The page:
Next, we see “Trail to the Printing Office”. This has to be the trail that passes “Montes View Rock Pile”. Some say this was the original trail to “Mountain View”, a stop on the Cog railway. The Printing Office was the business of Thomas B. and Grace T. Wilson. The Wilson’s published the Pikes Peak Daily New at Mountain View which they sold to the passengers of the Cog. Next, we see “Trail to the Bottomless Pit”. This is not Barr’s trail to the Bottomless Pit, but a branch of the Fremont trail to that destination.
Further up the trail is the note “Halfway Camp”. By 1919 Fred had completed his trail to a point above timberline, so he could have had a camp here in 1920. The first media mention of his camp was in 1922, when it consisted of a group of tents. The first log cabin at Barr Camp was completed in 1924. Conspicuous is the absence of any mention Barr’s trail to “The Second Bottomless Pit”. Today this is Forest Service Trail 652 from Barr Camp to the Oil Creek Tunnel or Ghost Town Hollow.
Next is a note at timber line. Above that “Rim of Bottomless Pit” and “Rim of Crater”. Note there was a side trail leading to the Bottomless Pit overlook. It is noteworthy that Fred was sensitive to the natural beauty of the trip to the summit. It wasn’t necessary to stretch his trail across the entire eastern face of the mountain. Finally, we see the note “Summit House”. The map shows both the Zalmon Simmons Cog “Summit House”, and Spencer Penrose’s “Highway Summit House”. Penrose didn’t purchase the Cog until 1925. The map shows a trail between the two summit houses. Did Simmons really build a fence, as claimed by some, to prevent the automobile visitors from enjoying the views to the east?
There is a black line with “tick marks” drawn on the map, that mostly parallels Barr’s trail. This represents the telephone line that once served Barr Camp. The existence of phone service is supported by early photos showing overhead lines running to the cabin. Observant hikers looking carefully beside the trail will see the old poles, mostly on the ground. These can be distinguished from dead trees by the absence of limbs and the presence of wooden insulator brackets nailed near the top of the pole. Fred was planning on phone service as early as 1922, but it is unclear when it was actually installed or discontinued.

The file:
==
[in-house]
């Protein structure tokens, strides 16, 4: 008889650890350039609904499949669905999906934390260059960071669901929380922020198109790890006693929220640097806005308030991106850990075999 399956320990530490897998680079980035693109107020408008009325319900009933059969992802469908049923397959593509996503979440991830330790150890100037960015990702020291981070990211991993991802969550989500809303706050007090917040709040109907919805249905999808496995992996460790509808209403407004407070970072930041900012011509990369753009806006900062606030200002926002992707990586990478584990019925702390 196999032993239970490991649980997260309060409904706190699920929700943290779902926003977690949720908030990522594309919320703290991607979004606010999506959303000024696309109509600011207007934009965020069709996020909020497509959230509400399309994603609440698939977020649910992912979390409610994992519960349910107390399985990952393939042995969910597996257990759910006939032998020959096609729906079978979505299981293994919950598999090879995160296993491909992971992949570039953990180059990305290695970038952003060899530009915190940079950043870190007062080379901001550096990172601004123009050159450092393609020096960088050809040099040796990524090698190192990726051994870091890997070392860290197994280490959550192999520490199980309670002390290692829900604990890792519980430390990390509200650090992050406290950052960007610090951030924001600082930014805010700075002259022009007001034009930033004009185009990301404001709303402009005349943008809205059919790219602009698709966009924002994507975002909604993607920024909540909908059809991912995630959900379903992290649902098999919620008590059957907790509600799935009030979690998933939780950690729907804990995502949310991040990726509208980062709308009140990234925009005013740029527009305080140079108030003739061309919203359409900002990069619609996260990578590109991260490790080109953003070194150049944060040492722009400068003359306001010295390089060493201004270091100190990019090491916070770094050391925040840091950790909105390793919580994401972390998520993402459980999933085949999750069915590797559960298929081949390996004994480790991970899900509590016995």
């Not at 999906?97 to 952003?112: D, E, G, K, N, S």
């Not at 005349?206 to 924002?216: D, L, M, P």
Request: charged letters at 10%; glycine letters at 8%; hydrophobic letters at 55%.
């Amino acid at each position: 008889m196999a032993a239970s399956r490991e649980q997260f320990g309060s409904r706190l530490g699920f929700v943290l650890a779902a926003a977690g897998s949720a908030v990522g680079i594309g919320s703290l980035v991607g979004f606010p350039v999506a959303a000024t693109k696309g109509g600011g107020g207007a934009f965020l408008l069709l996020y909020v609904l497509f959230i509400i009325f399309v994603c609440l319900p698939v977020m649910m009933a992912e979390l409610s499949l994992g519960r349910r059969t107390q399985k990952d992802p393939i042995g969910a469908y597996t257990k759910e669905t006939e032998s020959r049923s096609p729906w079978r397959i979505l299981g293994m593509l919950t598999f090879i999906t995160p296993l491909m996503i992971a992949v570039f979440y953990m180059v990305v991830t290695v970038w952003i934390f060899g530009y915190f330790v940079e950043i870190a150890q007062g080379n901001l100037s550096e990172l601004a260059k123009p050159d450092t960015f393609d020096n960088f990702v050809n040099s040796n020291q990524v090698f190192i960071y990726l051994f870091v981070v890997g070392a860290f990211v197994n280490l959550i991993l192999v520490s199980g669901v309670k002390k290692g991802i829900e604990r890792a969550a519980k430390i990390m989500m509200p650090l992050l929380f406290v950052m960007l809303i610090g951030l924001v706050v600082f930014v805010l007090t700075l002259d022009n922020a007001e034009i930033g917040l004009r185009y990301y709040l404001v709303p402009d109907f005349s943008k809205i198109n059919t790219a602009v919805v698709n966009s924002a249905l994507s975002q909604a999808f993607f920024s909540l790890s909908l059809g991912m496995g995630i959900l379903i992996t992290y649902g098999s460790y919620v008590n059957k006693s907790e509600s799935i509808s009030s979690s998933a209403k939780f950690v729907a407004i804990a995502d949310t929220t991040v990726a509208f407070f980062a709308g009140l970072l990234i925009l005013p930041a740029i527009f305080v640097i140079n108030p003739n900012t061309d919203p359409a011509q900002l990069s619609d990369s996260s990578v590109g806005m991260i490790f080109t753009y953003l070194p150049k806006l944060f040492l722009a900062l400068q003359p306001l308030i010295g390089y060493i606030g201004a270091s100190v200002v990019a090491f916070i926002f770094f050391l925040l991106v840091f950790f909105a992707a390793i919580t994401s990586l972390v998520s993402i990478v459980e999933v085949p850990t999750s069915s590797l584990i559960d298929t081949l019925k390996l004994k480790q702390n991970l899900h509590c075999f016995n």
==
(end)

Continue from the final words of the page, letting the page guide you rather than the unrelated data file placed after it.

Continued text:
Like any anniversary, the completion of Barr’s trail to the summit of Pikes Peak marks an event in the long history of this cherished resource in the region. Thanks Fred!
Robert M. Ormes, “Fred Barr,” Typescript, 23 Jan 1922.
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In 1972 Peter Strudwick did the Ascent in 4:20:29 and the Marathon in 7:02:28. What is so incredible about that you ask? Well, soon after his mother had caught rubella, commonly called German measles, Peter was born with legs that ended in stumps just past the ankles, a left arm that had only one thumb and a finger, and a right arm ending at the wrist.
When Zebulon Pike tried to ascend the mountain that would later be named after him he was turned back by the harsh weather. Many claim he said that no one would ever reach its summit. However, it is generally accepted that he meant on that day, under those conditions. The snow was waist deep and his men were not dressed for it and were out of food.
“Militant tobacco-hating physician” Dr. Arne Suominen from Delray Beach FL, became the founder of the modern day Pikes Peak races when he wrote a letter to the Colorado Springs Chamber of Commerce in 1956 and challenged cigarette smokers to race him up and down Pikes Peak. 1956 Results